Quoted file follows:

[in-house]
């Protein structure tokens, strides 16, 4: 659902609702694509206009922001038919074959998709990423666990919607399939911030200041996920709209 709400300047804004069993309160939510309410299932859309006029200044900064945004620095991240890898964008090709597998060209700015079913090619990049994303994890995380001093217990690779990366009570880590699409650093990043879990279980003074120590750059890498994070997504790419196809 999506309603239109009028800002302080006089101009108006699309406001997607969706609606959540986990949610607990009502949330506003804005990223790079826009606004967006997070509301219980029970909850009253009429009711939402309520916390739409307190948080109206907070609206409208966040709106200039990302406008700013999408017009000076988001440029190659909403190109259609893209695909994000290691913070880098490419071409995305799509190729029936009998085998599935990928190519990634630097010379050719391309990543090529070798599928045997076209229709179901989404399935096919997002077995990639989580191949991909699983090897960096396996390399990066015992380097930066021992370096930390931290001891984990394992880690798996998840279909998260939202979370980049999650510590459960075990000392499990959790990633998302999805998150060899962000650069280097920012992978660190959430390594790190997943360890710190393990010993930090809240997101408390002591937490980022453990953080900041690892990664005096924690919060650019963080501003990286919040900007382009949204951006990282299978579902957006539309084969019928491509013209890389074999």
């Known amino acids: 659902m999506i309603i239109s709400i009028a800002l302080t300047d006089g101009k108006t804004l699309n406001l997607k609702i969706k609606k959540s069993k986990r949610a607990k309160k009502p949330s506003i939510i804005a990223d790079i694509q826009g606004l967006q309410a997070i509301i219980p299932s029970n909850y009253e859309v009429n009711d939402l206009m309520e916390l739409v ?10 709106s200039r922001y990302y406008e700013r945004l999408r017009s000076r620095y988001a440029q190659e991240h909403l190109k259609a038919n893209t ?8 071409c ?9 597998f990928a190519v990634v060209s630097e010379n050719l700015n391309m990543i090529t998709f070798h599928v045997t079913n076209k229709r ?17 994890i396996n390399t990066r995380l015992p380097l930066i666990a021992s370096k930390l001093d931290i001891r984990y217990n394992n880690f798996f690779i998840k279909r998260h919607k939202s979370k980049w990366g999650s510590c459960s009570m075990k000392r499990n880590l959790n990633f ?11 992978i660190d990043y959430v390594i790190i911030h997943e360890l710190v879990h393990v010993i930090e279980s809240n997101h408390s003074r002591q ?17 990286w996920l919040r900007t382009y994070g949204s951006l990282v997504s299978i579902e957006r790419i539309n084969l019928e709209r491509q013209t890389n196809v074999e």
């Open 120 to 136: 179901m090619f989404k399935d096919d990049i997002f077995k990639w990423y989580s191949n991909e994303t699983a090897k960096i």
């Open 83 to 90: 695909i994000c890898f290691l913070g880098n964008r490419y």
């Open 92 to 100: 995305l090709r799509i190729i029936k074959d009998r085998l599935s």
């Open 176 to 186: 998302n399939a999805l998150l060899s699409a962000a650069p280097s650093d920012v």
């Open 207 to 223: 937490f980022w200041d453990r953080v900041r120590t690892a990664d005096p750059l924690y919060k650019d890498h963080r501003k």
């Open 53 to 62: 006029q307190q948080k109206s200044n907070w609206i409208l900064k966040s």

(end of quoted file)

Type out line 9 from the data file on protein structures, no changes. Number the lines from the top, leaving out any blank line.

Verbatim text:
């Open 53 to 62: 006029q307190q948080k109206s200044n907070w609206i409208l900064k966040s």